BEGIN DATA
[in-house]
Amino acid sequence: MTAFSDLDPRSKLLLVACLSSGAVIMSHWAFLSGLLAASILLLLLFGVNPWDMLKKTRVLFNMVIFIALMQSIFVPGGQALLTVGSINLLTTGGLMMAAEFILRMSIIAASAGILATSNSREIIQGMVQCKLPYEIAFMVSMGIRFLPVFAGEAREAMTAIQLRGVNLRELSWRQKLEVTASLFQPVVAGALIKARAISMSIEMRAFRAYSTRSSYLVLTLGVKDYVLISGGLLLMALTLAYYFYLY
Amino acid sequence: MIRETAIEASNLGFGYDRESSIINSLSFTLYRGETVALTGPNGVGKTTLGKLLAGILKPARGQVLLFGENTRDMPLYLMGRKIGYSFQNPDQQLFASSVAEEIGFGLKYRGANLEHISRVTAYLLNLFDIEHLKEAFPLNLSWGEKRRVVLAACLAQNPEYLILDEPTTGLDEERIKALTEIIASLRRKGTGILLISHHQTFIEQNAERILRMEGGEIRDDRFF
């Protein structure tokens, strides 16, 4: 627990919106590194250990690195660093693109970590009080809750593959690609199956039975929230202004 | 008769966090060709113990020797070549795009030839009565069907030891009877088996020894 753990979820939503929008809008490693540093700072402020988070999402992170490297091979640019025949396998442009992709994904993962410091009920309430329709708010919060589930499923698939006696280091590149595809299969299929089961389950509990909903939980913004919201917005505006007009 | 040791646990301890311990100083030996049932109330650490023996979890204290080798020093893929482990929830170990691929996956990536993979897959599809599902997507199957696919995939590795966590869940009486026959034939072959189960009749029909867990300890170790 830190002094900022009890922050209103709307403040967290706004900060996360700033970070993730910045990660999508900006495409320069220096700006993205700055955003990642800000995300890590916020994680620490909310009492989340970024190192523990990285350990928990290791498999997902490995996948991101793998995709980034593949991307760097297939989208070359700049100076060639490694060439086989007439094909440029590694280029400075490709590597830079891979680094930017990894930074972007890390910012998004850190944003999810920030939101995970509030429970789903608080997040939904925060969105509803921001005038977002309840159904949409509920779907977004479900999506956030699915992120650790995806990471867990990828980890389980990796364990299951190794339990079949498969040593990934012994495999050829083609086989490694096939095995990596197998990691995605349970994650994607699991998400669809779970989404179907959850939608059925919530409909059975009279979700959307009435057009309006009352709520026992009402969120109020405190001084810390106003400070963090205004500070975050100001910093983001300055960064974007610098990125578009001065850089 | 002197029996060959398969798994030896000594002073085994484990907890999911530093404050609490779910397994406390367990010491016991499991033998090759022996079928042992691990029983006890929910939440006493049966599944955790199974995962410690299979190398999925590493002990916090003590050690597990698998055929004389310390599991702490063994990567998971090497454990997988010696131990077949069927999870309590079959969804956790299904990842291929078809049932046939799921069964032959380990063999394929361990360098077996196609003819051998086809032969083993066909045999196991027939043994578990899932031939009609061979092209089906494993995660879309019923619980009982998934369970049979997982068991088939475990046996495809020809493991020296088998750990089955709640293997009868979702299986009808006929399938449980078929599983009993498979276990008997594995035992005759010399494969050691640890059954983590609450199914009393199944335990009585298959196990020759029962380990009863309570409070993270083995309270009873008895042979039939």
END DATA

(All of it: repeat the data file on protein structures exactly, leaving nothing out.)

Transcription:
[in-house]
Amino acid sequence: MTAFSDLDPRSKLLLVACLSSGAVIMSHWAFLSGLLAASILLLLLFGVNPWDMLKKTRVLFNMVIFIALMQSIFVPGGQALLTVGSINLLTTGGLMMAAEFILRMSIIAASAGILATSNSREIIQGMVQCKLPYEIAFMVSMGIRFLPVFAGEAREAMTAIQLRGVNLRELSWRQKLEVTASLFQPVVAGALIKARAISMSIEMRAFRAYSTRSSYLVLTLGVKDYVLISGGLLLMALTLAYYFYLY
Amino acid sequence: MIRETAIEASNLGFGYDRESSIINSLSFTLYRGETVALTGPNGVGKTTLGKLLAGILKPARGQVLLFGENTRDMPLYLMGRKIGYSFQNPDQQLFASSVAEEIGFGLKYRGANLEHISRVTAYLLNLFDIEHLKEAFPLNLSWGEKRRVVLAACLAQNPEYLILDEPTTGLDEERIKALTEIIASLRRKGTGILLISHHQTFIEQNAERILRMEGGEIRDDRFF
């Protein structure tokens, strides 16, 4: 627990919106590194250990690195660093693109970590009080809750593959690609199956039975929230202004 | 008769966090060709113990020797070549795009030839009565069907030891009877088996020894 753990979820939503929008809008490693540093700072402020988070999402992170490297091979640019025949396998442009992709994904993962410091009920309430329709708010919060589930499923698939006696280091590149595809299969299929089961389950509990909903939980913004919201917005505006007009 | 040791646990301890311990100083030996049932109330650490023996979890204290080798020093893929482990929830170990691929996956990536993979897959599809599902997507199957696919995939590795966590869940009486026959034939072959189960009749029909867990300890170790 830190002094900022009890922050209103709307403040967290706004900060996360700033970070993730910045990660999508900006495409320069220096700006993205700055955003990642800000995300890590916020994680620490909310009492989340970024190192523990990285350990928990290791498999997902490995996948991101793998995709980034593949991307760097297939989208070359700049100076060639490694060439086989007439094909440029590694280029400075490709590597830079891979680094930017990894930074972007890390910012998004850190944003999810920030939101995970509030429970789903608080997040939904925060969105509803921001005038977002309840159904949409509920779907977004479900999506956030699915992120650790995806990471867990990828980890389980990796364990299951190794339990079949498969040593990934012994495999050829083609086989490694096939095995990596197998990691995605349970994650994607699991998400669809779970989404179907959850939608059925919530409909059975009279979700959307009435057009309006009352709520026992009402969120109020405190001084810390106003400070963090205004500070975050100001910093983001300055960064974007610098990125578009001065850089 | 002197029996060959398969798994030896000594002073085994484990907890999911530093404050609490779910397994406390367990010491016991499991033998090759022996079928042992691990029983006890929910939440006493049966599944955790199974995962410690299979190398999925590493002990916090003590050690597990698998055929004389310390599991702490063994990567998971090497454990997988010696131990077949069927999870309590079959969804956790299904990842291929078809049932046939799921069964032959380990063999394929361990360098077996196609003819051998086809032969083993066909045999196991027939043994578990899932031939009609061979092209089906494993995660879309019923619980009982998934369970049979997982068991088939475990046996495809020809493991020296088998750990089955709640293997009868979702299986009808006929399938449980078929599983009993498979276990008997594995035992005759010399494969050691640890059954983590609450199914009393199944335990009585298959196990020759029962380990009863309570409070993270083995309270009873008895042979039939």